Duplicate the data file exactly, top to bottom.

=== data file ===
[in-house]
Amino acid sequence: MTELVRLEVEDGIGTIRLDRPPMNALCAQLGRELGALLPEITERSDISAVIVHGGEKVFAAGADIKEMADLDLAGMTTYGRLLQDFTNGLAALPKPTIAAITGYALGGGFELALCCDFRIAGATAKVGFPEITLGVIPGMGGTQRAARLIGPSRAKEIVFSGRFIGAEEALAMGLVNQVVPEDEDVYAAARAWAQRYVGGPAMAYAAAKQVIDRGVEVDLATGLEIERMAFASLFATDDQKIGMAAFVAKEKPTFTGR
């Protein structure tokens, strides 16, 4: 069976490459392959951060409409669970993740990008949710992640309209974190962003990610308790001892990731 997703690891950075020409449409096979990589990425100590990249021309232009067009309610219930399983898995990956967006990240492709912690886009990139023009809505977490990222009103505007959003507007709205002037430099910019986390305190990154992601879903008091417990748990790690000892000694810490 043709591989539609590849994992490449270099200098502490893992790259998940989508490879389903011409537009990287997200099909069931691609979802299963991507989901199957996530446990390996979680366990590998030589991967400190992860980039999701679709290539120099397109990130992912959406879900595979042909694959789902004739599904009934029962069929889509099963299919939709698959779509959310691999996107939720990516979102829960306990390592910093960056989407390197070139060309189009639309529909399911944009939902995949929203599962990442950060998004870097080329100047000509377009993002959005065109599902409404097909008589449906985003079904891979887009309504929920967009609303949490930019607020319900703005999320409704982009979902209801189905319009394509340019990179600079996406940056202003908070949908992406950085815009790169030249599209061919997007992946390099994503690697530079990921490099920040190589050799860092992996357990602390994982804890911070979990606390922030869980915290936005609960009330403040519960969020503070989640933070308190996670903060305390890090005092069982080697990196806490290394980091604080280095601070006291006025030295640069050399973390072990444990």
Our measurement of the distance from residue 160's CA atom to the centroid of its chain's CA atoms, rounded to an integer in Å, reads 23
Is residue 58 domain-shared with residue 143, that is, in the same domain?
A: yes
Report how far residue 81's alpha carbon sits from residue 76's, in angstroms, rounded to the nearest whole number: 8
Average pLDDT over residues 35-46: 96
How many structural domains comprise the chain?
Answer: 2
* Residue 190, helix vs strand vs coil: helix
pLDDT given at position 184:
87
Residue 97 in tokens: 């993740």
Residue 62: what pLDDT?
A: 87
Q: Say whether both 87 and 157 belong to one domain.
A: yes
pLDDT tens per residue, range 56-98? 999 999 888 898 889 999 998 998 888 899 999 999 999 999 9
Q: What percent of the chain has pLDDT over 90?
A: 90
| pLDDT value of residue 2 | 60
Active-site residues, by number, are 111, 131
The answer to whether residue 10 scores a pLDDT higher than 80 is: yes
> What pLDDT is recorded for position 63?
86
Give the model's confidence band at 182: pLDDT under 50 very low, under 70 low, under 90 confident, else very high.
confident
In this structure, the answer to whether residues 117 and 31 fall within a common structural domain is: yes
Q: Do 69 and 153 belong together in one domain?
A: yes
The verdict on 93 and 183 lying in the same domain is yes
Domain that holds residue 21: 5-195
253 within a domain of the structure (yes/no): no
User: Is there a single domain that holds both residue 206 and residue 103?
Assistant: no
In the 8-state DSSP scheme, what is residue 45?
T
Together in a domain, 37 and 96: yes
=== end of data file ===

[in-house]
Amino acid sequence: MTELVRLEVEDGIGTIRLDRPPMNALCAQLGRELGALLPEITERSDISAVIVHGGEKVFAAGADIKEMADLDLAGMTTYGRLLQDFTNGLAALPKPTIAAITGYALGGGFELALCCDFRIAGATAKVGFPEITLGVIPGMGGTQRAARLIGPSRAKEIVFSGRFIGAEEALAMGLVNQVVPEDEDVYAAARAWAQRYVGGPAMAYAAAKQVIDRGVEVDLATGLEIERMAFASLFATDDQKIGMAAFVAKEKPTFTGR
């Protein structure tokens, strides 16, 4: 069976490459392959951060409409669970993740990008949710992640309209974190962003990610308790001892990731 997703690891950075020409449409096979990589990425100590990249021309232009067009309610219930399983898995990956967006990240492709912690886009990139023009809505977490990222009103505007959003507007709205002037430099910019986390305190990154992601879903008091417990748990790690000892000694810490 043709591989539609590849994992490449270099200098502490893992790259998940989508490879389903011409537009990287997200099909069931691609979802299963991507989901199957996530446990390996979680366990590998030589991967400190992860980039999701679709290539120099397109990130992912959406879900595979042909694959789902004739599904009934029962069929889509099963299919939709698959779509959310691999996107939720990516979102829960306990390592910093960056989407390197070139060309189009639309529909399911944009939902995949929203599962990442950060998004870097080329100047000509377009993002959005065109599902409404097909008589449906985003079904891979887009309504929920967009609303949490930019607020319900703005999320409704982009979902209801189905319009394509340019990179600079996406940056202003908070949908992406950085815009790169030249599209061919997007992946390099994503690697530079990921490099920040190589050799860092992996357990602390994982804890911070979990606390922030869980915290936005609960009330403040519960969020503070989640933070308190996670903060305390890090005092069982080697990196806490290394980091604080280095601070006291006025030295640069050399973390072990444990």
Our measurement of the distance from residue 160's CA atom to the centroid of its chain's CA atoms, rounded to an integer in Å, reads 23
Is residue 58 domain-shared with residue 143, that is, in the same domain?
A: yes
Report how far residue 81's alpha carbon sits from residue 76's, in angstroms, rounded to the nearest whole number: 8
Average pLDDT over residues 35-46: 96
How many structural domains comprise the chain?
Answer: 2
* Residue 190, helix vs strand vs coil: helix
pLDDT given at position 184:
87
Residue 97 in tokens: 């993740």
Residue 62: what pLDDT?
A: 87
Q: Say whether both 87 and 157 belong to one domain.
A: yes
pLDDT tens per residue, range 56-98? 999 999 888 898 889 999 998 998 888 899 999 999 999 999 9
Q: What percent of the chain has pLDDT over 90?
A: 90
| pLDDT value of residue 2 | 60
Active-site residues, by number, are 111, 131
The answer to whether residue 10 scores a pLDDT higher than 80 is: yes
> What pLDDT is recorded for position 63?
86
Give the model's confidence band at 182: pLDDT under 50 very low, under 70 low, under 90 confident, else very high.
confident
In this structure, the answer to whether residues 117 and 31 fall within a common structural domain is: yes
Q: Do 69 and 153 belong together in one domain?
A: yes
The verdict on 93 and 183 lying in the same domain is yes
Domain that holds residue 21: 5-195
253 within a domain of the structure (yes/no): no
User: Is there a single domain that holds both residue 206 and residue 103?
Assistant: no
In the 8-state DSSP scheme, what is residue 45?
T
Together in a domain, 37 and 96: yes